LONG-TERM-CARE INSURANCE (LTCI)
Long-term care insurance (LTCI) is designed to pay for care that is needed by insureds who suffer from chronic illness or disability. Long-term care insurance (LTCI) generally covers the cost of nursing homes, home health care, visiting nurse care, homemaker care, and respite care, depending on the provisions of the long-term care insurance policy. Medicaid usually pays benefits for long-term care or other health care services only for individuals with limited income and few tangible assets. To qualify for Medicaid long-term care benefits, a person must spend down assets to near poverty levels. However, when a person has long-term care insurance, these concerns diminish. Thus, LTCI provides a solution for funding long-term care needs for seniors who want:
- The freedom to choose where they receive their long-term care
- The peace of mind that comes with knowing they will not have to spend down their hard-earned assets to qualify for benefits
Required Levels of Care for LTCI
Long-term care policies typically cover three levels of care:
- Skilled care—This type of care can only be provided by medical personnel under a doctor’s orders. Skilled care is normally provided in an institution, such as a rehabilitation center.
- Intermediate care—This is ongoing care necessary to address a person’s condition but that is not needed 24-hours a day. Intermediate care is delivered by registered nurses, licensed practical nurses, and nurse’s aides, who are being supervised by a doctor. Typically provided to patients who are recovering from acute medical conditions, intermediate care is usually delivered in a nursing home, but depending on the individual case, it can also be provided at one’s own home, an assisted living facility, or a community-based center.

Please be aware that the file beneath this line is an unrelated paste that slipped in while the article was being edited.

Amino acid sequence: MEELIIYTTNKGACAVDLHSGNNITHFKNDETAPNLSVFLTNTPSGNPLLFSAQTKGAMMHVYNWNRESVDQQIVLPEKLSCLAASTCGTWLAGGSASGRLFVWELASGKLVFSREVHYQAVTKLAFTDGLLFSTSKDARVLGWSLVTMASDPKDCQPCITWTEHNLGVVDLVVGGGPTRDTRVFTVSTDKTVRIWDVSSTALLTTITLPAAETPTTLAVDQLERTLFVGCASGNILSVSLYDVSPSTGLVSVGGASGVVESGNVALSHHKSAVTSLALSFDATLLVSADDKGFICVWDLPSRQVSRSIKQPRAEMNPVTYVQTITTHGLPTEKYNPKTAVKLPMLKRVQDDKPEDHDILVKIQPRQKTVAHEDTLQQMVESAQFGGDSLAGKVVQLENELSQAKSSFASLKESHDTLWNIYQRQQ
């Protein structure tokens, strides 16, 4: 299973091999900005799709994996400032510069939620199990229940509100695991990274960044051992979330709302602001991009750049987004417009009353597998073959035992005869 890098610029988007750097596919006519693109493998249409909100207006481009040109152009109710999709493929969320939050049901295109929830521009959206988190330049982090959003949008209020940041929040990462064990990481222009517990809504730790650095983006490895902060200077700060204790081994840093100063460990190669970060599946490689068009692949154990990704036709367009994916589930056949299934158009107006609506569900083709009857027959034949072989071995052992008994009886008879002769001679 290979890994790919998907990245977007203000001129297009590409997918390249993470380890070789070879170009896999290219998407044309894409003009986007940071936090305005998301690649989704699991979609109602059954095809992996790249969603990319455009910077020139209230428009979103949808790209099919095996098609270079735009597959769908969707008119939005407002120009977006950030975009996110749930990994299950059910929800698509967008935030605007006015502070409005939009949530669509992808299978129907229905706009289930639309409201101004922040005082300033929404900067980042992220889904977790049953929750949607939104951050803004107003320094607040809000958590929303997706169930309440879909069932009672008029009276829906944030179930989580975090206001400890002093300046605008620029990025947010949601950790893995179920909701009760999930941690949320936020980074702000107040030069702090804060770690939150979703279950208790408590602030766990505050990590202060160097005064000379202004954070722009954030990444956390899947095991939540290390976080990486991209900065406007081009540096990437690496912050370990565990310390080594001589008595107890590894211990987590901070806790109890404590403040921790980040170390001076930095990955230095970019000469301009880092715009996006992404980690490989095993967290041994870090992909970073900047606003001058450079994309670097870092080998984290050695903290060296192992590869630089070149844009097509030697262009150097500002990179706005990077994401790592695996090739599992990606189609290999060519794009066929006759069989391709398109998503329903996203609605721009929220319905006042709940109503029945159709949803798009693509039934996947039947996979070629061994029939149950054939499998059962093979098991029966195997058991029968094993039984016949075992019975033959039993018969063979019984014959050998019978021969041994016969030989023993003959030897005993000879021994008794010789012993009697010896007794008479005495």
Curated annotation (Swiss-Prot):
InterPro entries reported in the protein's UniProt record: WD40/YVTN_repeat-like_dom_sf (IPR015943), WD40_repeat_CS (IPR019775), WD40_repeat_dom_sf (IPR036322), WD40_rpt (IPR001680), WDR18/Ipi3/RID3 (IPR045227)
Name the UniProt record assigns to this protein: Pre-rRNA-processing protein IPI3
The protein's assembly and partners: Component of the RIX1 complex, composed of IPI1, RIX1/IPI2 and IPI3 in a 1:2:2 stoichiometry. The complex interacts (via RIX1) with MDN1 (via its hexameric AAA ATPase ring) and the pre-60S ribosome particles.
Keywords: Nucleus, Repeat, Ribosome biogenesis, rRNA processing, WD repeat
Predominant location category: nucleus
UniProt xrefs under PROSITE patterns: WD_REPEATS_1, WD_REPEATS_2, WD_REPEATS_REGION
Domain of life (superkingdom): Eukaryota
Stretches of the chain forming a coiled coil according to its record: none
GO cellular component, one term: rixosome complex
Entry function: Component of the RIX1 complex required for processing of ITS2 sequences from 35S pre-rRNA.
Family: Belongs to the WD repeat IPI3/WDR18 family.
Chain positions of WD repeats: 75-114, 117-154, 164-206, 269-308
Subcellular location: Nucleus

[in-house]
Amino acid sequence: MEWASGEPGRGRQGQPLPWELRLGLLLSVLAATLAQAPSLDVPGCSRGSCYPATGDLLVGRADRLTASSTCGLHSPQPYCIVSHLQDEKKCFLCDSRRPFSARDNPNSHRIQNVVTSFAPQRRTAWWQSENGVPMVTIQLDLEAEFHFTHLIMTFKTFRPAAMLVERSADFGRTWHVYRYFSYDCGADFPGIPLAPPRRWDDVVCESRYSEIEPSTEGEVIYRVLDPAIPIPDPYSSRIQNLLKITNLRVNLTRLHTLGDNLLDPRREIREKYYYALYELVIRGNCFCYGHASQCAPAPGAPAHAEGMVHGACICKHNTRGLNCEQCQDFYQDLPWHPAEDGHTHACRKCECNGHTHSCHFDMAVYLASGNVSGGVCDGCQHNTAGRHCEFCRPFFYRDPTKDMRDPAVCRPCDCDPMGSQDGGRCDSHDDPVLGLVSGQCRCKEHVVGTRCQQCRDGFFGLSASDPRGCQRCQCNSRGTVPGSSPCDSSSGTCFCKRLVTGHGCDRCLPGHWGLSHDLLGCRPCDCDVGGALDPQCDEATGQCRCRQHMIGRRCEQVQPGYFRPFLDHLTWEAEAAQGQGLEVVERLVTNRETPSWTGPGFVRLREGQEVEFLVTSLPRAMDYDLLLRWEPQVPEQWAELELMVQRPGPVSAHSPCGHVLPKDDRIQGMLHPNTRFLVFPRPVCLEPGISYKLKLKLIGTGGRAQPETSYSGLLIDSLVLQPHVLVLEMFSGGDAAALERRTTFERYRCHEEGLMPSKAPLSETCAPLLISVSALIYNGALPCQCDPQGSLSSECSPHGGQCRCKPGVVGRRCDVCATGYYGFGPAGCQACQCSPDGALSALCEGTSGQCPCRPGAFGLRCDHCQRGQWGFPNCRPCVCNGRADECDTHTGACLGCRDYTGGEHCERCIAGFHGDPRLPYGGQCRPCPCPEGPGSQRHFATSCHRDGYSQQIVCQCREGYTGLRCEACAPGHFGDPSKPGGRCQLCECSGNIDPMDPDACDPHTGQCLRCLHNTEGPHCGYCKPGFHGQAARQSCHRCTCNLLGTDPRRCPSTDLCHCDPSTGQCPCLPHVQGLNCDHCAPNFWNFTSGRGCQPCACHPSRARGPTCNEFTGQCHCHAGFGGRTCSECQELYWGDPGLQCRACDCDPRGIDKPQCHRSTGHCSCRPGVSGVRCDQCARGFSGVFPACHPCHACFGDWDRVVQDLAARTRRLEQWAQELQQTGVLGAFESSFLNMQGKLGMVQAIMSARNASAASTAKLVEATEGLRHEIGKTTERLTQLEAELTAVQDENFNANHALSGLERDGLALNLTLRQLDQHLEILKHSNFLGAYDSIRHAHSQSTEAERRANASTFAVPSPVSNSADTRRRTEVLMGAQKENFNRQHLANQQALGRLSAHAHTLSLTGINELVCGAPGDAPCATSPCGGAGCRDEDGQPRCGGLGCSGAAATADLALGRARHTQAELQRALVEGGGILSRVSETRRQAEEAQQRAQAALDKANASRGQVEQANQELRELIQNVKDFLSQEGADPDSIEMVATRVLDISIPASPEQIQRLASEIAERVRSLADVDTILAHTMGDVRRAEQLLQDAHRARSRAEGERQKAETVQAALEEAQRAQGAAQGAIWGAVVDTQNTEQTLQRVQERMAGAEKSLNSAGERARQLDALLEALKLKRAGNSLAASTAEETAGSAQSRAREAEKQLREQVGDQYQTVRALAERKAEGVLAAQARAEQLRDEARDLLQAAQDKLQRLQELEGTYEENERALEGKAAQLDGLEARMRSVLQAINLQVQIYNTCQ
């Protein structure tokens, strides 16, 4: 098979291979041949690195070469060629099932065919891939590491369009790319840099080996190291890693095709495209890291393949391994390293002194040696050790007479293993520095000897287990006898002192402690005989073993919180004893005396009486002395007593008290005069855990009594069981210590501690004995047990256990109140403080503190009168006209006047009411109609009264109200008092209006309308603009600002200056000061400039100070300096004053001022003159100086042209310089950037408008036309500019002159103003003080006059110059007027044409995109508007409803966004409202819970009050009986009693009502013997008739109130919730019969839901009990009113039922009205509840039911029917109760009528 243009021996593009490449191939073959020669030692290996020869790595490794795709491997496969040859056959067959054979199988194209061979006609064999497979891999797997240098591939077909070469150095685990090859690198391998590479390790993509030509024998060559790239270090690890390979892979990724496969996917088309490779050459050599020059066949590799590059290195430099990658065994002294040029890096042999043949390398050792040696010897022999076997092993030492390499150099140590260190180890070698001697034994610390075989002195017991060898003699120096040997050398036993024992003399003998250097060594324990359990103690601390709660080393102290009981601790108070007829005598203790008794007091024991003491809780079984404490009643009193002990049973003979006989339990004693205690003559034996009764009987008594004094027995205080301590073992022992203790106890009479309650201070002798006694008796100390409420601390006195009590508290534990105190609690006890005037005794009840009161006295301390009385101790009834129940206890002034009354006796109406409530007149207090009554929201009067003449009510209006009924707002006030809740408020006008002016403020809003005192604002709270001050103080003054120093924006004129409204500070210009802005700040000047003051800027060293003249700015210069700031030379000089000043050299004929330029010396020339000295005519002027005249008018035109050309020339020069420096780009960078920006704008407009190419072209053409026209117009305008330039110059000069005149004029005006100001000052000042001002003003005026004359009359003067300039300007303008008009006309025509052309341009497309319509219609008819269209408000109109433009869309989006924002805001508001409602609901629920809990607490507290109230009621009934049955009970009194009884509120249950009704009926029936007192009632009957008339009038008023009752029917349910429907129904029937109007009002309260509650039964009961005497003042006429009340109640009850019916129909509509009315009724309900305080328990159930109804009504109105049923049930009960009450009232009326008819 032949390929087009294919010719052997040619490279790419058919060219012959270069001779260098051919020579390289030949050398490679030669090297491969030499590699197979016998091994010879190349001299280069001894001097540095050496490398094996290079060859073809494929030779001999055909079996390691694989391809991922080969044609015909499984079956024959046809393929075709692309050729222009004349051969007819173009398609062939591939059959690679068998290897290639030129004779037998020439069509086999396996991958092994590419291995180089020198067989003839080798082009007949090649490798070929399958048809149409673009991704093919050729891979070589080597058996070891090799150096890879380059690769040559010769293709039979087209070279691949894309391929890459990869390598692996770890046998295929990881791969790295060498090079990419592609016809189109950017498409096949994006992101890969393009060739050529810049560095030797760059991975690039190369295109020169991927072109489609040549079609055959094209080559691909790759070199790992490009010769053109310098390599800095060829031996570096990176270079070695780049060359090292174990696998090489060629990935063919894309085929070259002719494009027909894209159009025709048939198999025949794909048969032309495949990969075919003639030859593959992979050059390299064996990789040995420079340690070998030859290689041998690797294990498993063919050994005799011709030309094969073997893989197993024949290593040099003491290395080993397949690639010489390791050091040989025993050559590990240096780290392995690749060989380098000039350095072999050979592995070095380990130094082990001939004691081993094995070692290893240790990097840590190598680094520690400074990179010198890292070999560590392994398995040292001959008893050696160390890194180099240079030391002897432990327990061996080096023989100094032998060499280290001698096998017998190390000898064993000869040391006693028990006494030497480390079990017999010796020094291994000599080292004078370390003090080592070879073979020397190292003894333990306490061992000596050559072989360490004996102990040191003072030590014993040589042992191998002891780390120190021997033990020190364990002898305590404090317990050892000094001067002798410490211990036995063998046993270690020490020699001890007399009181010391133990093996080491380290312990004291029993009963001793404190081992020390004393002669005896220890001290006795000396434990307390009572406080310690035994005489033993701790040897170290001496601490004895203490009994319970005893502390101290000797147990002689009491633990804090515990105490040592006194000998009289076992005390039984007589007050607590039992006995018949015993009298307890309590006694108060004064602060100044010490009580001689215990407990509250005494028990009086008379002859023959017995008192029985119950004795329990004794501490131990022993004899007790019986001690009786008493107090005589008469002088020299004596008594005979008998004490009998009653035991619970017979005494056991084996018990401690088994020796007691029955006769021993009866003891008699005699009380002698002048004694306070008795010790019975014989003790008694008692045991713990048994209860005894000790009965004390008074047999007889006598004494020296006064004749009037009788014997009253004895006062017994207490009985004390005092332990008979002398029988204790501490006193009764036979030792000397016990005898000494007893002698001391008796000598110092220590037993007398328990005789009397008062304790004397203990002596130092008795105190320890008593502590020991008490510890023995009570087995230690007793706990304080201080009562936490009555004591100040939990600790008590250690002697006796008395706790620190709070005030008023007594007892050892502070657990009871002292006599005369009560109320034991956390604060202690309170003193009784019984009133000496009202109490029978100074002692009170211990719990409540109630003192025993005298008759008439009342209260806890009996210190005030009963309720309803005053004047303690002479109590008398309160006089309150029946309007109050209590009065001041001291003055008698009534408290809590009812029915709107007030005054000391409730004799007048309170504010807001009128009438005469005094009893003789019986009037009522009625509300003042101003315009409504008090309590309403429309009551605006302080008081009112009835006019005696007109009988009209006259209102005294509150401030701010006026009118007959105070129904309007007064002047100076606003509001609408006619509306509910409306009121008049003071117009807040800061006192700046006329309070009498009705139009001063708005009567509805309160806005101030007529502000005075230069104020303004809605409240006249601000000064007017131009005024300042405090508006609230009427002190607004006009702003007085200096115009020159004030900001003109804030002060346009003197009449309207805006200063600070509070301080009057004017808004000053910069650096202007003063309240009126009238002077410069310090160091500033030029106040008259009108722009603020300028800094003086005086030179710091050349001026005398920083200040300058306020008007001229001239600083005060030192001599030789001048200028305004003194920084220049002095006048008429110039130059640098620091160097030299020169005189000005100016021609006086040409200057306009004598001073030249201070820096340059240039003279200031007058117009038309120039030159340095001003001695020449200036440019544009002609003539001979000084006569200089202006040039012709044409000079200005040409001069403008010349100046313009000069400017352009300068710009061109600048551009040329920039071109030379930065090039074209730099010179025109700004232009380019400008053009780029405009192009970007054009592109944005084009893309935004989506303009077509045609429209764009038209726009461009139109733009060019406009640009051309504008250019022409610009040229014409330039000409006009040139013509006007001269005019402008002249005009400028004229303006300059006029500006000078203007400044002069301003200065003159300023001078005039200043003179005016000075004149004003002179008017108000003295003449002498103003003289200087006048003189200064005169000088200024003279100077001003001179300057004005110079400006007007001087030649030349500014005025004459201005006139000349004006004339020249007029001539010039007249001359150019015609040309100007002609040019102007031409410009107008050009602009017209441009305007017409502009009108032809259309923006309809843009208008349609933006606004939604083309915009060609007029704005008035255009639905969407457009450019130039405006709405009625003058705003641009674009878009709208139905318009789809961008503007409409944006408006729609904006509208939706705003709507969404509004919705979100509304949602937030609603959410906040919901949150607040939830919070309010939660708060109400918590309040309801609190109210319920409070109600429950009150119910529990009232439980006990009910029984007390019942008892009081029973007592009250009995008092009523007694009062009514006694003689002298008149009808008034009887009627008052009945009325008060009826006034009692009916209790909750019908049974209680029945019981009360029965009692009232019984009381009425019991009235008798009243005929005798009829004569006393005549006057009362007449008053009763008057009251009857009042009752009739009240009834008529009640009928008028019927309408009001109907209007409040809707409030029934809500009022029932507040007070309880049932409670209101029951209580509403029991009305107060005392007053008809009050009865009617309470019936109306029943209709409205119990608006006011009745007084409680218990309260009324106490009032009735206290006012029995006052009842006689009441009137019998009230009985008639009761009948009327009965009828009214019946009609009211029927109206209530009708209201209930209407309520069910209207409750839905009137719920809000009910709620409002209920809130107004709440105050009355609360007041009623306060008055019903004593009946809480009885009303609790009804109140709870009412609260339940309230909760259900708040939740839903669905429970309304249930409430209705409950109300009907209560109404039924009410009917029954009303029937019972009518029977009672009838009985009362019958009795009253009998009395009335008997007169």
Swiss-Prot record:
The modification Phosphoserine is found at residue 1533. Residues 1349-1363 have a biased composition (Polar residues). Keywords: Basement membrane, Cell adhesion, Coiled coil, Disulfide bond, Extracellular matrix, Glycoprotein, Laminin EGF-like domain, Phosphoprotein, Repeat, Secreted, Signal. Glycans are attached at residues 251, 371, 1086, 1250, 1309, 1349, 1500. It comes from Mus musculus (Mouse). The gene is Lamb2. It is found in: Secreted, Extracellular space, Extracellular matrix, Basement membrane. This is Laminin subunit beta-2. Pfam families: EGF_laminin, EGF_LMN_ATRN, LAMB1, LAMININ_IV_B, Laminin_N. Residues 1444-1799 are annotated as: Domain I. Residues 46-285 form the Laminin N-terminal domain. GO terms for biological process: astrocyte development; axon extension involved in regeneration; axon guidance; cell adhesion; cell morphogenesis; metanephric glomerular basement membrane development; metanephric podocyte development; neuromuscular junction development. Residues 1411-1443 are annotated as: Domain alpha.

- Custodial care—Custodial care is provided when some assistance is required in meeting everyday needs, such as dressing, bathing, or eating. Custodial care does not need to be administered by skilled professionals and is frequently provided by nurse’s aides. Custodial care can be provided in nursing homes, assisted living facilities, adult day-care centers, respite centers, or a person’s own home.
LTCI Benefit Triggers
A long-term care policy will provide benefits after the insured meets a benefit trigger as defined in the policy. Benefits can generally be triggered by either:
- The insured’s inability to perform two or more activities of daily living (ADLs)
- The insured’s loss of cognitive ability such that it limits his or her ability to care for himself or herself without help or supervision (cognitive abilities include the ability to think, reason, perceive, or remember)
The activities of daily living (ADLs) include:
- Bathing—the ability to bathe oneself and to perform normal acts of hygiene
- Continence—the ability to control excretory functions
- Dressing—the ability to dress without assistance
- Eating—the ability to feed oneself
- Toileting—getting to and from the toilet, getting on and off the toilet, and performing associated personal hygiene
- Transferring—the ability to move from one place to another without assistance, such as from a chair to a bed
Selection of Benefits
LTCI policies offer a wide range of options for the insured to choose from. Policies often can be tailored to fit the needs and the pocketbooks of many applicants. Some of the features of long-term care insurance policies are the following:
- Elimination period—The elimination period is the number of days that the insured must pay for care before the policy starts paying benefits. Elimination periods generally range from 0 to 365 days. The longer the elimination period, the lower the premium payment in an otherwise identical policy. Elimination periods normally need be met only once by an insured and often need not be consecutive.